• Add 500 calories to your BMR.
  • Eat an amount of protein equal in grams to your body weight in pounds.
  • Eat every three hours throughout the day to feed your muscles.
  • Consume your largest meal of the day within one hour after a workout, composed mainly of carbohydrates and proteins like: pasta, potatoes, corn, bread, lean meat.
  • Drink a whey protein shake within one hour before and after your weight workout.

These statements have not been evaluated by a physician. Always consult your doctor before  starting a diet or exercise program. 

Return to Fitness 3

I’m sore.

Sometimes recovery from weightlifting and high impact exercise causes soreness. However, as I’ve gotten older I’ve found that this becomes a whole body experience! Ever had the flu and experienced the characteristic body aches? Yes, it’s like that. The result is different, though. I’ll become better, not worse.

When rebuilding my body I must give time for recovery. Working out hard every day is for teenagers and early twenty-somethings, and even they need recovery. Rest is every bit as important as exercise. Muscles don’t become stronger (or larger) until they’ve had time to rebuild after a workout.

So, after a day filled with exercise I took the next day off. During the rest day I ate high protein foods to help muscles rebuild. I avoided high carbohydrate foods and was careful not to overeat. It would be easy to justify eating whatever I want on a day like this; after all, I burned so many calories the day before. That, my friends, is how you fail a weight loss program. It is far easier to gain weight (for most of us) than it is to lose it. On the other hand, eating too little, particularly not enough protein, will interfere with recovery, and–ironically–slow down my metablolism and make it more difficult to achieve a sustainable weight loss.

The following are things I’ve learned after coming back to training as an over 40 adult. 1) The need to stretch and warm up before each workout. 2) For weightlifting: take the first month to focus on lighter weight and higher repetitions. 3) Good form for each exercise is very important. It is easy to pull a muscle, or stretch or tear a tendons or ligaments, and the first three principles will help me to avoid injuries. 4) Moderate my expectations. I’ve been in great shape in the past. I’ve been faster, stronger and had more stamina. It can be disappointing to find that I’m not there any longer (not yet!). As a result, I may push too hard and hurt myself, or give up because I can’t do what I used to. Meet yourself where you are, and keep moving forward. All of this applies to younger people too, with the understanding that their bodies may respond more quickly and take less time to heal.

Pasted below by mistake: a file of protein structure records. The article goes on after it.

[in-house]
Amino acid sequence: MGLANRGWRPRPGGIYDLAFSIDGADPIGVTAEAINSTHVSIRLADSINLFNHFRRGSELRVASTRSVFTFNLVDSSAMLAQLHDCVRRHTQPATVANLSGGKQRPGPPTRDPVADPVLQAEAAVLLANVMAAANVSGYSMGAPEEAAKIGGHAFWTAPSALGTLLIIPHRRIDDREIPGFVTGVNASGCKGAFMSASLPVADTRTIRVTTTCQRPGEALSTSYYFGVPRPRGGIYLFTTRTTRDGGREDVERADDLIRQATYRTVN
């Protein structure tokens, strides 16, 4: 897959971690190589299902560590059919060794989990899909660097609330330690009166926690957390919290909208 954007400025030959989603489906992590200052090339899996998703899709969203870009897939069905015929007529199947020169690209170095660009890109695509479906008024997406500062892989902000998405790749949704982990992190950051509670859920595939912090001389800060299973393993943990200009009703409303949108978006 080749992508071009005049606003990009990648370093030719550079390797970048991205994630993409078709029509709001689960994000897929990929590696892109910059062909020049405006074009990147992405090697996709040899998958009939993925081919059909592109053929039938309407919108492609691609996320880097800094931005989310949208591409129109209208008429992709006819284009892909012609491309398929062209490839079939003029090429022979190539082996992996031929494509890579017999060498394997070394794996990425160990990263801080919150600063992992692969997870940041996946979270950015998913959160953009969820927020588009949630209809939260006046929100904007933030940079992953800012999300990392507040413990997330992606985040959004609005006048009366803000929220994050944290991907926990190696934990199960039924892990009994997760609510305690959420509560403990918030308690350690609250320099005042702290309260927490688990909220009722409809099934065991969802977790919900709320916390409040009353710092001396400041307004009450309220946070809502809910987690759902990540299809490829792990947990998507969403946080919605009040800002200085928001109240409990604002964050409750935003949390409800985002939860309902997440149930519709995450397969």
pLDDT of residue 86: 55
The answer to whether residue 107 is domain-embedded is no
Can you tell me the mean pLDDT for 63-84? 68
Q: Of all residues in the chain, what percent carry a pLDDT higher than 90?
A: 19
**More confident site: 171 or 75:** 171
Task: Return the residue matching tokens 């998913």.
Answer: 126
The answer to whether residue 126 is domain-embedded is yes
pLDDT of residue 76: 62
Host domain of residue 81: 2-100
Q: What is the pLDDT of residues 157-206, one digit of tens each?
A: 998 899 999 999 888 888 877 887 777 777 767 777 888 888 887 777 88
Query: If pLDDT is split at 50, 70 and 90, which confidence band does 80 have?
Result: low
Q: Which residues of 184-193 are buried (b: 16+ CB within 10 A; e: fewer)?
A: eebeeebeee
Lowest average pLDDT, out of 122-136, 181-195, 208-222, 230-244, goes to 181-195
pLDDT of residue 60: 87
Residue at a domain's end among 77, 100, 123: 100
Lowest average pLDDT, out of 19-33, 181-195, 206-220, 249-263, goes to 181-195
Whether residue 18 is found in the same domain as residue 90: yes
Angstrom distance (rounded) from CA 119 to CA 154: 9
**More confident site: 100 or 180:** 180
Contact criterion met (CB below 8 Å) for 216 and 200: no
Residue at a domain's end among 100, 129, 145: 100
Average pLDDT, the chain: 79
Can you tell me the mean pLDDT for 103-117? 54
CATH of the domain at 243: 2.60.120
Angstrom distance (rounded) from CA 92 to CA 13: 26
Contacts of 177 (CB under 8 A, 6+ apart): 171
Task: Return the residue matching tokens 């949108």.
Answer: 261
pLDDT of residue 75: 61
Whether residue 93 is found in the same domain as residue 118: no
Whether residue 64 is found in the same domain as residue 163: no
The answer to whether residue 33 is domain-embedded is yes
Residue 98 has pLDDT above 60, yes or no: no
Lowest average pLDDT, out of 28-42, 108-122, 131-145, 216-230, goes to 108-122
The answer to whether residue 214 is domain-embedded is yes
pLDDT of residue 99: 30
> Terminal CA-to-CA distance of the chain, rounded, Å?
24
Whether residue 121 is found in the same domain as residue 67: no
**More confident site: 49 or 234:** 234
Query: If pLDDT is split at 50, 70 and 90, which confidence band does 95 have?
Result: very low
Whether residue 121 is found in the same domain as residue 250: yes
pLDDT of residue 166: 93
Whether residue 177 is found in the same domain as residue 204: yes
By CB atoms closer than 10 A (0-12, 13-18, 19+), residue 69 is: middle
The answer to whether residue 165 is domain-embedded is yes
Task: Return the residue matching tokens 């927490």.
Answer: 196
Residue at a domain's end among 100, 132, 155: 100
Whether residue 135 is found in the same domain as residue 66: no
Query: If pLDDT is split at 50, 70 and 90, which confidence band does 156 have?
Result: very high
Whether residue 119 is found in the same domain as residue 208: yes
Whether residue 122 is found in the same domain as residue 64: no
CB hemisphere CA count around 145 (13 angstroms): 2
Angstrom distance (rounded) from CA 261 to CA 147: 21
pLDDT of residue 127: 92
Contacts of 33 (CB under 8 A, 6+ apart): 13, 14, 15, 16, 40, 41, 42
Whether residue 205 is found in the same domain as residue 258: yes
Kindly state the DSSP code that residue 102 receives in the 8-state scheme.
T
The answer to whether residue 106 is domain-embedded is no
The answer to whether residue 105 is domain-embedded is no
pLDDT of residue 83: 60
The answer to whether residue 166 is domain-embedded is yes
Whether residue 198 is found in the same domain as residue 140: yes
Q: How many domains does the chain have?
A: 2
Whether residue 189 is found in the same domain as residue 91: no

I jumped back in this morning with some light weightlifting. I’ll practice my karate’ several times today also. All the while I’m being careful to meet myself where I am, as opposed to expecting my body to be where it was four years ago when I was in top condition. I will challenge myself, but I won’t push so hard that I sustain an injury or two, or three…

I weighed this morning and I’ve lost several pounds already. More importantly, I’ve lost nearly a percentage poin of bodyfat. My goal is to get below 10% bodyfat by the end of this year. That means a total loss of around 16 lbs. I’m on target. I’ll keep moving forward.